We had the day off so we wanted to make the most of it! That means we were up at 4:30 because the sun rises here at 4:45…. We have been doing some bike rides on the Down East Sunrise Trail in the evenings so we decided to get in a good stretch today.
We started biking around 7 and had the trail to ourselves for a while until the ATV’s started to make there presence known. Most of them are respectful of us lowly bicyclists but a few blow right by leaving us in a cloud of dust. We really do enjoy this trail in spite of the ATVs.
The trail passes beautiful wetlands and springs working their way down the mountains to the sea.
By the time we finished our day we had knocked out 22 miles and had given the bodies a good workout!!!
Next up, as we were heading back home we spied a little antique store so of course we stopped in to have a look. A couple of days earlier we were antiquing and came across a cast iron griddle with a gate mark on the bottom. This means it is older than the 1890’s…. It had a price tag of $125.00 so it stayed on the shelf… Today we came across another one… $18.50 is a much better price!!! All in all a great day and we finished up with hot dogs, corn on the cob, and baked beans!!!
Back in 2012 we had the opportunity to see this spectacular gorge but our minds were on getting through the 100 mile wilderness and on top of Katahdin. Seems silly now that we didn’t do the 5 and a half mile loop trail but we didn’t…
Once we paid our 20 dollar entrance fee we tracked down the parking lot for the start of the hike. We slipped out of our warm jeans and into our hiking shorts in order to ford the Pleasant River. Lets just say it was anything but pleasant.. The water was thigh high and just above freezing!!! The last time we crossed here it was ankle deep and a nice sunny August afternoon. Safe on the other side we dried off and put our boots back on to continue. Our brains were so cold we didn’t get a picture of the river… which we crossed twice. Suzie did get a shot of me crossing one of the smaller creeks.
As we got moving we were passing leftover snow and ice waterfalls. The small ponds along the trail were also frozen over. The first falls we came to was the Corkscrew Auger falls. This was just the beginning of the eye candy to come.
We wandered through the forest heading to the gorge. We knew we were getting close with the sound of roaring water. We worked our way out onto the cliff edges to take in the view of the Jaws. Suzie wasn’t happy with my vantage point…
As we moved on the cliff walls continued to climb until we were standing 150 feet above the water below. The slate walls were just so impressive and imposing. Very cool!!
The trail just kept moving in and out of the forest onto the cliffs for more views. Each more breathtaking than the last…
We finished up at the Head of the Gulf where the gorge begins and then headed back for 2 more river fords before getting back to the truck. We are not sure why the Appalachian Trail doesn’t take this trail for it’s footpath rather than parallel it a mile away… Wish we had been forced to take this route and have this memory from our AT hike.
Note to self… Never plan a hike from a 17 year old book on hiking in Maine..
We picked up a book on Great Hikes in Maine from the library the other day and decided on a hike up Schoodic Mountain on our day off. We had breakfast in town at Martha’s Diner and then headed off to the trailhead… or so we thought. I put the mountain in the GPS and off we went. After about a half an hour we seemed to be moving away from our destination so Suzie pulled out the book that said we were supposed to be on a different road so we turned around and headed in the right direction. When we arrived where the book said the trail head was it wasn’t… No sign of it!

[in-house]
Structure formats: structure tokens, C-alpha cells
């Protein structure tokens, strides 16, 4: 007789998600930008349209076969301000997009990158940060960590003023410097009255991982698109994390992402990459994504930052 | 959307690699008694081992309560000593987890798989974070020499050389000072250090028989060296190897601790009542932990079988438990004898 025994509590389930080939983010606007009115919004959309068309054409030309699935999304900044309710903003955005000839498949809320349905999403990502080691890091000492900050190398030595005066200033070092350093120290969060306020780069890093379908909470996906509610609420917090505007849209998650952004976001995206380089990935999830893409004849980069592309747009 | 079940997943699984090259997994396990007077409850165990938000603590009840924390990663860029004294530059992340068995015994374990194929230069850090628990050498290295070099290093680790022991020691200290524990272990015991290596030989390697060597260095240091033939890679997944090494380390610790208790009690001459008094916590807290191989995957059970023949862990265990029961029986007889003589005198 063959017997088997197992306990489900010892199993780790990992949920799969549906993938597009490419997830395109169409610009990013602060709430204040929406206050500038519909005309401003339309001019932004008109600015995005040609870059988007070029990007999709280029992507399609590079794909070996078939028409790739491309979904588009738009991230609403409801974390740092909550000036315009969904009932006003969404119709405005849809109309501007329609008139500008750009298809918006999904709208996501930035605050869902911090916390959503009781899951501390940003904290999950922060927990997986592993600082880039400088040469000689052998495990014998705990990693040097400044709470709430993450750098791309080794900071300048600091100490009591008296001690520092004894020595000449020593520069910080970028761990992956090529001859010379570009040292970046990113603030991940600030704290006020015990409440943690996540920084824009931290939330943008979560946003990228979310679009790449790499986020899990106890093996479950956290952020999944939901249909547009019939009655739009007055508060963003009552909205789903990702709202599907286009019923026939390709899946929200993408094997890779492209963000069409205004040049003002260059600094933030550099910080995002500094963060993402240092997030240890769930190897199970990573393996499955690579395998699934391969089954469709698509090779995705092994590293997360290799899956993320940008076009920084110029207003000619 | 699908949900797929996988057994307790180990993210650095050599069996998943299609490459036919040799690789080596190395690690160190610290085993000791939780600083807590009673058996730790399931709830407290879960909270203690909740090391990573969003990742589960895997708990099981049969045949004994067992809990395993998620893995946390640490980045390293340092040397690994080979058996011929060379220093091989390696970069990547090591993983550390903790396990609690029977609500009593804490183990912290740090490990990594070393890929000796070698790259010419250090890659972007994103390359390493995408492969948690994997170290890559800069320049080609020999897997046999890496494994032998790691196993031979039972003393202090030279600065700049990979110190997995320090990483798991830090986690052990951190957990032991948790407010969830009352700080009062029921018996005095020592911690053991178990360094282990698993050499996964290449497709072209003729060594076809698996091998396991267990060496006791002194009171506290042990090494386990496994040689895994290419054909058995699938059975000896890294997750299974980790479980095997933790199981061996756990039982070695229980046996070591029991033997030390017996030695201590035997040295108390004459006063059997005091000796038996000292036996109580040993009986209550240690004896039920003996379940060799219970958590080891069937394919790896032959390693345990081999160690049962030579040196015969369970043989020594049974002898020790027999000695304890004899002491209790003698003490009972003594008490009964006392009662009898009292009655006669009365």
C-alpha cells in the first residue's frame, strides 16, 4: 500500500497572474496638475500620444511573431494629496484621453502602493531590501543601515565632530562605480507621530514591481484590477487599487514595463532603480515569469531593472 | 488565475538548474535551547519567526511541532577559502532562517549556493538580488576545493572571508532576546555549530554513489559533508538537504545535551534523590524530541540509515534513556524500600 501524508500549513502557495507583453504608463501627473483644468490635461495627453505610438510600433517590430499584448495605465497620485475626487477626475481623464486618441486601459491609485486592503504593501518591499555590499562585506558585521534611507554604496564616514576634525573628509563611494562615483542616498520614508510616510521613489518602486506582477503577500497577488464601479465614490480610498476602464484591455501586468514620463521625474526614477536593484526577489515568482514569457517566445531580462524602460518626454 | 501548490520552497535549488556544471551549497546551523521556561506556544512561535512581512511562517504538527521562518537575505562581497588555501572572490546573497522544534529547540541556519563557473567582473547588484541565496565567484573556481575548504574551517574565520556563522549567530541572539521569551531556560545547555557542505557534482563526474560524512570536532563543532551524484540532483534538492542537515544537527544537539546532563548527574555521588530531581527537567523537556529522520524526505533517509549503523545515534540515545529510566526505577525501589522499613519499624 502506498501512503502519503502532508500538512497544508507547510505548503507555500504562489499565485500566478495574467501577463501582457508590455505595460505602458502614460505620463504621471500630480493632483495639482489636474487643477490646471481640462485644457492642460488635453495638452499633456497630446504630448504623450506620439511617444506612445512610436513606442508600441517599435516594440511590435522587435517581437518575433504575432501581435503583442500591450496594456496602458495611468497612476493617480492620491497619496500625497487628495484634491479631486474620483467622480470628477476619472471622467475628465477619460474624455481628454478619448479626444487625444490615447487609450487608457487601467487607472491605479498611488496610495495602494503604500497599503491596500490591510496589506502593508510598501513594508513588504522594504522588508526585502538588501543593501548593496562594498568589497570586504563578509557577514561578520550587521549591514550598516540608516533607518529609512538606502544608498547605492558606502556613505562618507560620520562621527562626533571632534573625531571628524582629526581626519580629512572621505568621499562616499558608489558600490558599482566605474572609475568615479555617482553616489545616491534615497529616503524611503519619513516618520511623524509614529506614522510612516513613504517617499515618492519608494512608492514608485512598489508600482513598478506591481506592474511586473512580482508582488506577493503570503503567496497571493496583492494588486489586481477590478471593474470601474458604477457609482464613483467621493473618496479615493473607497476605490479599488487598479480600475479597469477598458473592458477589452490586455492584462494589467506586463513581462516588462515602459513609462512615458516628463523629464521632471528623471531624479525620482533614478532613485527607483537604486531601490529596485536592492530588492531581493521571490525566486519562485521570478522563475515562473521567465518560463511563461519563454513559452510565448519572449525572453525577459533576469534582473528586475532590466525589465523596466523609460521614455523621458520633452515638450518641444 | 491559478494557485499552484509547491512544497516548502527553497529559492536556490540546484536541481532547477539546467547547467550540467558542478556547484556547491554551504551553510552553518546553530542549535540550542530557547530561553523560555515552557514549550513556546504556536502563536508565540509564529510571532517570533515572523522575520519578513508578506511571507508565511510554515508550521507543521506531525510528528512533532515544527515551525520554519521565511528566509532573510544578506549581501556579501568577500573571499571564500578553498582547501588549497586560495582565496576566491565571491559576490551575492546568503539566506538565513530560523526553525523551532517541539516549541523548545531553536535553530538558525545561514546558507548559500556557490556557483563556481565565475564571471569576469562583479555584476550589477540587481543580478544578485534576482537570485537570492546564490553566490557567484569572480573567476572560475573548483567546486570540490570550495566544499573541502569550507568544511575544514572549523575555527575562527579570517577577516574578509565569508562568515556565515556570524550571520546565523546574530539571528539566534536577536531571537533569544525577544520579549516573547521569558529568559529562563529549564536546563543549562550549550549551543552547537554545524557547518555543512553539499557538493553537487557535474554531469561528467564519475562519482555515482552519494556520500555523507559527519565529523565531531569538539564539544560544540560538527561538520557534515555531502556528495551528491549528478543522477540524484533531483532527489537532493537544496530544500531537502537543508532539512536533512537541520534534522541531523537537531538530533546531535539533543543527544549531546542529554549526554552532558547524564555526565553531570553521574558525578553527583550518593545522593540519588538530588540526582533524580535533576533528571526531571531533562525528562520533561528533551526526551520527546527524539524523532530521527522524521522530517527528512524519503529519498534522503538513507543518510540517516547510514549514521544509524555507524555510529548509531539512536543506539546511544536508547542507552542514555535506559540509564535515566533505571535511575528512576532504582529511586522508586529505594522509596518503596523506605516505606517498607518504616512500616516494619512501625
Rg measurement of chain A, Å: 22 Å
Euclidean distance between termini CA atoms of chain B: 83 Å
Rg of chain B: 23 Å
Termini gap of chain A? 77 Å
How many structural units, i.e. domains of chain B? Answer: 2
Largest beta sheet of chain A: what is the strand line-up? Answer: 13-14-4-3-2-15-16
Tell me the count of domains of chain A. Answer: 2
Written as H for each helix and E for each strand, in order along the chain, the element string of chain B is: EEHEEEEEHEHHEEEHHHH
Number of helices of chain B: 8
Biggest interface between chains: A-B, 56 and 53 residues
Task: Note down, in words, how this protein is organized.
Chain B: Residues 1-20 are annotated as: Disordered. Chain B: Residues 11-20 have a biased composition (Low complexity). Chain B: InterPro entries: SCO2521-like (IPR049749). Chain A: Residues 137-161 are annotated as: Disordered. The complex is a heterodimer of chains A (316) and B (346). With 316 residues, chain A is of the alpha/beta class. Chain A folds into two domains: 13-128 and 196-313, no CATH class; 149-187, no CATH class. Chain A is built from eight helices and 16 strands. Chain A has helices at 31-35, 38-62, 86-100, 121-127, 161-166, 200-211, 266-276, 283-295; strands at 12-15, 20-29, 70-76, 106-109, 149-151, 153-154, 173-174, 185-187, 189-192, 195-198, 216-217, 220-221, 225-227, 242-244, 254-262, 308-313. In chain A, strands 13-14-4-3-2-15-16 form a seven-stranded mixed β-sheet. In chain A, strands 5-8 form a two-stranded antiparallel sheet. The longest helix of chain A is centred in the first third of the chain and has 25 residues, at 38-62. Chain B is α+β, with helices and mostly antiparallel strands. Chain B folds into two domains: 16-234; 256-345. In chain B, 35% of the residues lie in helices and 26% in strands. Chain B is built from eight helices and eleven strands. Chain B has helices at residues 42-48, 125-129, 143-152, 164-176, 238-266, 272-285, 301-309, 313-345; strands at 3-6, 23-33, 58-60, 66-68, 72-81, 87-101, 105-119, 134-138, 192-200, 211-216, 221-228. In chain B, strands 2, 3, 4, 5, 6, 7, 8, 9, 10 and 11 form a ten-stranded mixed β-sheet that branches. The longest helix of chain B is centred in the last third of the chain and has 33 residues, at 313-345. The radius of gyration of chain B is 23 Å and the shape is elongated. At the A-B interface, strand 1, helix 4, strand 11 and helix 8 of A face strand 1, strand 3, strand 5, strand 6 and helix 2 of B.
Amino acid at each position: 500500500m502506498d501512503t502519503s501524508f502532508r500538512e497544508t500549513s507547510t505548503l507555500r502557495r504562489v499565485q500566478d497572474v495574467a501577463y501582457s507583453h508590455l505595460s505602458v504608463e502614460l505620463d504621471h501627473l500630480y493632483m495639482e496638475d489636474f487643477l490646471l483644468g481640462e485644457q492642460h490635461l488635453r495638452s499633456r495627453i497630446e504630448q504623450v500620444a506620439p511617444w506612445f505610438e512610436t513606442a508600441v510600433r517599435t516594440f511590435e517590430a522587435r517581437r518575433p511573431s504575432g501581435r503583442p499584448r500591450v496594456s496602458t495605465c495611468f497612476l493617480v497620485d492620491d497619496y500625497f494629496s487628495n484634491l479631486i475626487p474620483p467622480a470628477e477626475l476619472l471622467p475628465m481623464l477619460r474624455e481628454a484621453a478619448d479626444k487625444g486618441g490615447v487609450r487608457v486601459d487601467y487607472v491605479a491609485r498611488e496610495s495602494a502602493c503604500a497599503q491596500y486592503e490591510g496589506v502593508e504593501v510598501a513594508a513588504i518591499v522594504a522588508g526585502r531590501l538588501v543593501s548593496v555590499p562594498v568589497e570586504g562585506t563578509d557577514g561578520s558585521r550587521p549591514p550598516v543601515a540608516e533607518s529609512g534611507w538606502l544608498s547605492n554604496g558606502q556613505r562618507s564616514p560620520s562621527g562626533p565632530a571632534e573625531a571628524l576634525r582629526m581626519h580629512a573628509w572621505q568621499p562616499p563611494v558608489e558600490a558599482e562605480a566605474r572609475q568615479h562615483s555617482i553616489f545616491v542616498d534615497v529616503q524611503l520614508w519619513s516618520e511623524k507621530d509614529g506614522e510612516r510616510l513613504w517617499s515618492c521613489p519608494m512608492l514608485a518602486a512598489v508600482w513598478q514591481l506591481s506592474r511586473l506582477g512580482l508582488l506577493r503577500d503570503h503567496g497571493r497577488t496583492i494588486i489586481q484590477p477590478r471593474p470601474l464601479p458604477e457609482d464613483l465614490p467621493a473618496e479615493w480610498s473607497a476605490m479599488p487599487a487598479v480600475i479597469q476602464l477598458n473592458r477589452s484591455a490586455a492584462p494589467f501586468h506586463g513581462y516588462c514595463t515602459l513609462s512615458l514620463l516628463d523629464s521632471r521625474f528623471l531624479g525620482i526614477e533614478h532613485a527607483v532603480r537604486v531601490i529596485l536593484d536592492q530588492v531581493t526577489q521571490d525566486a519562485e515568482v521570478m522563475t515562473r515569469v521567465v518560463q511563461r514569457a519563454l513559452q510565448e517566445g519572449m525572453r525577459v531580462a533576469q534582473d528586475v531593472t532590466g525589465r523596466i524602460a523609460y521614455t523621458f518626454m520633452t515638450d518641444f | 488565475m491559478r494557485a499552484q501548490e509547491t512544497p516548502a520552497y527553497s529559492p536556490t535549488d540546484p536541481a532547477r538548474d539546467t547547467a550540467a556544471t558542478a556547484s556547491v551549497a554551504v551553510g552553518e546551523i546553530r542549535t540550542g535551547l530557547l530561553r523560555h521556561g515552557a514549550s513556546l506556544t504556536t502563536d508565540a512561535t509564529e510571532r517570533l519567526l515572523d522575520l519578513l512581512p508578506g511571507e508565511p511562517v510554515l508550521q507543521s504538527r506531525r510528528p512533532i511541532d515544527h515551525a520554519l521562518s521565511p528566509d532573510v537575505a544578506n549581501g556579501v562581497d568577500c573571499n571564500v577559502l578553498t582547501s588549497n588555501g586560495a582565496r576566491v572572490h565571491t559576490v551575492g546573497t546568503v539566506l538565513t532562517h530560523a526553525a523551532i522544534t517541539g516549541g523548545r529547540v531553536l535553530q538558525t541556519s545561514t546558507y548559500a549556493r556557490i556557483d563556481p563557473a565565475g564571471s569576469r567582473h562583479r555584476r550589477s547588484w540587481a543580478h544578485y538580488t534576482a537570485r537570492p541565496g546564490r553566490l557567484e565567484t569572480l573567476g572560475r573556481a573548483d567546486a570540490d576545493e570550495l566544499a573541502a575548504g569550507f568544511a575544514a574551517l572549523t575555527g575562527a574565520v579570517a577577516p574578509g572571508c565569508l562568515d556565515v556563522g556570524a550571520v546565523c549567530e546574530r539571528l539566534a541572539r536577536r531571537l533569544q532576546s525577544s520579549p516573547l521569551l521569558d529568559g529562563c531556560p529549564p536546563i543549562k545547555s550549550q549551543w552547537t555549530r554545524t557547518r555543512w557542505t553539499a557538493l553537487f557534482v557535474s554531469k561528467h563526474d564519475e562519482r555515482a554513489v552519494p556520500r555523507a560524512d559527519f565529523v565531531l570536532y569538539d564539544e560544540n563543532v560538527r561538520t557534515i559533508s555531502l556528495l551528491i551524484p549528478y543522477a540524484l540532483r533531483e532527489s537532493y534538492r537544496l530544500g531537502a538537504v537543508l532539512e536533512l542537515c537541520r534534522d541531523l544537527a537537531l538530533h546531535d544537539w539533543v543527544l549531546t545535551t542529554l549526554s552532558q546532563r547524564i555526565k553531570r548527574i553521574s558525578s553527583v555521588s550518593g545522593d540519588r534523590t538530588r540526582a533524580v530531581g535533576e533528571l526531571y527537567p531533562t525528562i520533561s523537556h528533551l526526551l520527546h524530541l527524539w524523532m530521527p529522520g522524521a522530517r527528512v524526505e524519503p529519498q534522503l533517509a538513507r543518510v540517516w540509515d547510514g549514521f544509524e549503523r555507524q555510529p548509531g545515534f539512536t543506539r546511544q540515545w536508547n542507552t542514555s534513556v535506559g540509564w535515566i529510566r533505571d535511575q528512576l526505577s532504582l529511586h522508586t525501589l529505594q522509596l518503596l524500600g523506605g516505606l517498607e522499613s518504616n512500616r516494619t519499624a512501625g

At this point Suzie went online and got the directions from the Conservancy and we finally arrived after 2 and a half hours of chasing our tails. Not really sure what happened with the old trailhead but at some point in the last 17 years it was moved…
Right off we had a great view of our destination as we moved along a forest road heading for the climb. Not long into the hike we came upon water across the trail thanks to the local beaver. He must have been hear a while since the Conservancy had re-routed the trail.
We really enjoyed traveling through the Maine forest for several miles before we began the climb. Remember it has been a while since we have had trail legs and it showed as we huffed and puffed up the side of the mountain. As it turned out the cardiac workout was well worth the view! The 360 degree view of the Maine wilderness was breathtaking.
From this vantage point we could see all of the mountains in Acadia and the ocean as well. We had a snack and soaked up the moment we were in, realizing these moments are the reason we have chosen to spend a summer in Maine!
After 4 days of computer work and some hands on learning we were itching to stretch our legs. Turns out the Down East Sunrise trail is just around the corner. This is an 87 mile Rails to Trails multi-use trail that also serves as the beginning of the East Coast Greenway that runs from Maine to Key West Florida.
The trail is closed to all wheeled traffic until the 15th for mud season so we decided to take a hike! A great crushed stone base made for easy hiking and we were able to travel at the Mule’s top speed of 2.5 MPH. Lots of birds, including grouse and osprey. We even came across several beaver lodges along the way.
We did an out and back totaling 10 miles. We have decided we will be doing some training with the bikes here. Before too long we hope to get a ride to the northern terminus in Ayers Junction and ride the 87 miles back to Ellsworth. All in all a very nice diversion from our camp training!!